French Press and Coffee Plungers

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Just like many famous inventions, the history of the coffee press is a little fuzzy. It’s likely that no one knows precisely when it was invented or by whom. However, like many traditions, this does not stop a good story. Most people agree that the two people involved include a Frenchman and an Italian, with their names lost to history.

The story goes something like this: In the mid-1800s, a Frenchman only had a small amount of coffee and wanted to make it last for the day. He boiled water in a small pot and added the coffee grounds. Then used a piece of screen mesh he’d bought off a passing Italian salesman over the top of the water. Using a stick, he pushed the screen into the pot, separating the coffee grounds. The Frenchman expected the coffee to taste terrible, but to his delight, it tasted good, and he shared a cup with the Italian salesman. Both men were shocked at how good the flavour was and spread the word about this new and convenient method of brewing coffee.

While this is a fun tale that doesn’t quite hold up to the facts, perhaps the point is to stop arguments over who invented the coffee press. In France, the first coffee plungers date back to 1852, made by Mayer and Delforge. However, the first coffee plunger design in Italy was patented in 1928 by Attilio Calimani and Giulio Moneta.

Like many good products that have stood the test, it doesn’t matter who invented the coffee press. All you need to know is that when you’re using a coffee press, it’ll make you excellent coffee. 

Is using a coffee press a good way of making coffee?

There are many different methods for making a good cup of coffee, coffee press (or French press), percolator, drip coffee machine, espresso machines (e.g., Gaggia), and more. While some may think one method is superior to another, the best is how you prefer to have your coffee.

A good rule of thumb is to experiment with how you like your coffee and to use that particular method. The small and compact size of a coffee press makes it ideal for small kitchens or for travelling, and it can easily brew your signature cup of joe.

If you’ve been using a drip filter coffee machine, you’ll find that coffee made in a French press is more flavourful. This is because some of the oils are removed when coffee passes through a paper filter. These oils are vital for providing much of the flavour in coffee; the more oil, the better the flavour.

Another great thing about the French press is that you can use it to make excellent tea. If you have guests over and they prefer tea, you can quickly make them an excellent cup and keep everyone happy! 

What kind of coffee is best used for a French press?

Provided you’re using good quality beans, you can make any kind of coffee with a French press, which lends itself pretty well to a variety of roasts. You can try a variety of coffees to find your favourite.

Some people enjoy roasted beans from Kenya, with flavour profiles ranging from pleasant acidity and floral notes to a sweeter, more chocolatey taste. Meanwhile, those looking for a ‘classic’ Colombian coffee flavour typically lean towards its caramel sweetness, balanced by hints of bright acidity and nutty overtones.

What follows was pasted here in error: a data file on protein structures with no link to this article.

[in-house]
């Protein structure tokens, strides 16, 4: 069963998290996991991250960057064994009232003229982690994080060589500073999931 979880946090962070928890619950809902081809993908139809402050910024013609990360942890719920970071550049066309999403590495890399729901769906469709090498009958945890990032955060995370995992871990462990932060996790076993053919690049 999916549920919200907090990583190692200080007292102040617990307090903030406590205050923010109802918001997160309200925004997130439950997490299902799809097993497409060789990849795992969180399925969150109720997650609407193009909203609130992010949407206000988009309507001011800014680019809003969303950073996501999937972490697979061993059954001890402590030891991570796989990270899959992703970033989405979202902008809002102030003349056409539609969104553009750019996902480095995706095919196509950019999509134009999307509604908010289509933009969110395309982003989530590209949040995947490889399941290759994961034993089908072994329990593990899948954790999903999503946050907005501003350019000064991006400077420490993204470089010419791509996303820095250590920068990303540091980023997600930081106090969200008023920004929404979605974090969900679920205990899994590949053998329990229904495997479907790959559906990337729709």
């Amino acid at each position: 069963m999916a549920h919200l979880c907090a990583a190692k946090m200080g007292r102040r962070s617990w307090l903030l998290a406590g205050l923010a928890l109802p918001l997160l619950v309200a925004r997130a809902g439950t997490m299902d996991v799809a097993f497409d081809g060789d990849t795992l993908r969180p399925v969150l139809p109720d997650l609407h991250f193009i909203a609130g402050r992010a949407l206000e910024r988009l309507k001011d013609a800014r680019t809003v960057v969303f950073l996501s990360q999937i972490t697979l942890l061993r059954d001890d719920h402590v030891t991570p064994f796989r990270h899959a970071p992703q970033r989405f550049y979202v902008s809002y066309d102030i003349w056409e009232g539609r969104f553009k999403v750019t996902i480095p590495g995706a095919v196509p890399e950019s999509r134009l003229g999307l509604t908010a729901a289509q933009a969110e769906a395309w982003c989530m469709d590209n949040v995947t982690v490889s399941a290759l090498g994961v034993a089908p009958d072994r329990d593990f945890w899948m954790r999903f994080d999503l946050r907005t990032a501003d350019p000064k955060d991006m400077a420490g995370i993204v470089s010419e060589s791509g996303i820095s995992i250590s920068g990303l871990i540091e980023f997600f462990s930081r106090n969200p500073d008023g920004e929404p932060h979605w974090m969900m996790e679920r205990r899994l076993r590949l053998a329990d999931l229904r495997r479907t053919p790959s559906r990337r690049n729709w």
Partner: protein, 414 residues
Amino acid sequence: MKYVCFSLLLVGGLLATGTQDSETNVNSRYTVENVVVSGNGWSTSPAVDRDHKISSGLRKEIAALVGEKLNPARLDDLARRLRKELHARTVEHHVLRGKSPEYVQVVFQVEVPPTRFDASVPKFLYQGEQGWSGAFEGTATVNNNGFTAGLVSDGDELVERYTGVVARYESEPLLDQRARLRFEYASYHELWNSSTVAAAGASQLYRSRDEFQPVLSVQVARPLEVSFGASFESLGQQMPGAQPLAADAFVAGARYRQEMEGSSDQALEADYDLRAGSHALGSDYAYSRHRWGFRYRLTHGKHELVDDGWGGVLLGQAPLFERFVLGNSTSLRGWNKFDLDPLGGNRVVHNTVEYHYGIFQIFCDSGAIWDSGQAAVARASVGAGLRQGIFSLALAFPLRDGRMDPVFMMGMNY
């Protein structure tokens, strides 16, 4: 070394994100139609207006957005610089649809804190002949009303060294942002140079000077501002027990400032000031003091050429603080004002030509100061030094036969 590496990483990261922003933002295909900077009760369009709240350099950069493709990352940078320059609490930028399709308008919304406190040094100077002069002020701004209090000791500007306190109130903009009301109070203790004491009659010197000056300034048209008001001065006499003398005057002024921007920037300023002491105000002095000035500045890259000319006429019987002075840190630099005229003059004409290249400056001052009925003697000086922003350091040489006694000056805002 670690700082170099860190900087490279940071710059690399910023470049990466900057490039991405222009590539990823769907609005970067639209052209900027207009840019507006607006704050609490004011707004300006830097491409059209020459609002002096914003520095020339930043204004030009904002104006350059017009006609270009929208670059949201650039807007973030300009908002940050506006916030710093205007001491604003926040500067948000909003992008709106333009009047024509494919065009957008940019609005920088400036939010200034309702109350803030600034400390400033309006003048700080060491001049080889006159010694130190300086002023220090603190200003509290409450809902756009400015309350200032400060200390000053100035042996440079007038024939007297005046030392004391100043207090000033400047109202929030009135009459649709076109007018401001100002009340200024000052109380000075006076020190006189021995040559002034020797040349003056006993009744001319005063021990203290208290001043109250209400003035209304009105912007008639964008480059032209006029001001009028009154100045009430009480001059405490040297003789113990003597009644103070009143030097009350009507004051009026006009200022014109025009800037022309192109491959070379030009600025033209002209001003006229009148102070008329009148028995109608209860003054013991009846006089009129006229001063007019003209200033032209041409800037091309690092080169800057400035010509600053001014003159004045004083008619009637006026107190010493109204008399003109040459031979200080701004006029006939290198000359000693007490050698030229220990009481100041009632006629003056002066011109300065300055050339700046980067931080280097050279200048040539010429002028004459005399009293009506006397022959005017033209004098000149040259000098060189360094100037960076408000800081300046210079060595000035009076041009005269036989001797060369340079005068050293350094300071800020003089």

If you are undecided on the best beans to use in your coffee press, you may prefer to use a coffee subscription service or ask your friends for their advice or perhaps some coffee gifts. When you have the beans, they must be ground correctly. Your beans should be ground in a medium coarse setting in a French press. If you’re buying pre-ground beans, avoid anything made for an espresso machine, as these are too fine and may pass through the French coffee press filter.

Once you have your coffee beans, they need to be stored correctly. The best method for storing ground coffee is in an air-tight container on a shelf in your pantry. For long-term storage, you can place the coffee in the freezer, but the pantry is best for your regular coffee, as the ground beans will benefit from a temperature-stable environment.

How do I choose the best coffee press for myself?

Selecting a coffee press from the options available is probably the easiest choice when it comes to coffee. The way coffee presses work is much the same across all the brands. You can find that higher-priced models may last longer as they’ll use better quality materials, but a cheaper French press will still make the same type of coffee.

When choosing your coffee maker, you can decide to buy one that fits in with your kitchen decor or one that is easily transportable. You can even find models that will make your coffee on the go, and these types are ideal if you enjoy your coffee while you ride the train or bus to work. Unlike the research you’ll need to complete if you buy an espresso machine, using French presses is fairly straightforward, and you should have no trouble finding one within your budget.

At Coffee Parts, we have an excellent selection of coffee presses and many other coffee machines. We can ship your order to any location in Australia (such as Melbourne, Sydney, Brisbane, etc.). We also have a selection of coffee beans, so you can order a coffee press and beans and have your coffee ready in a few minutes after it arrives on your doorstep.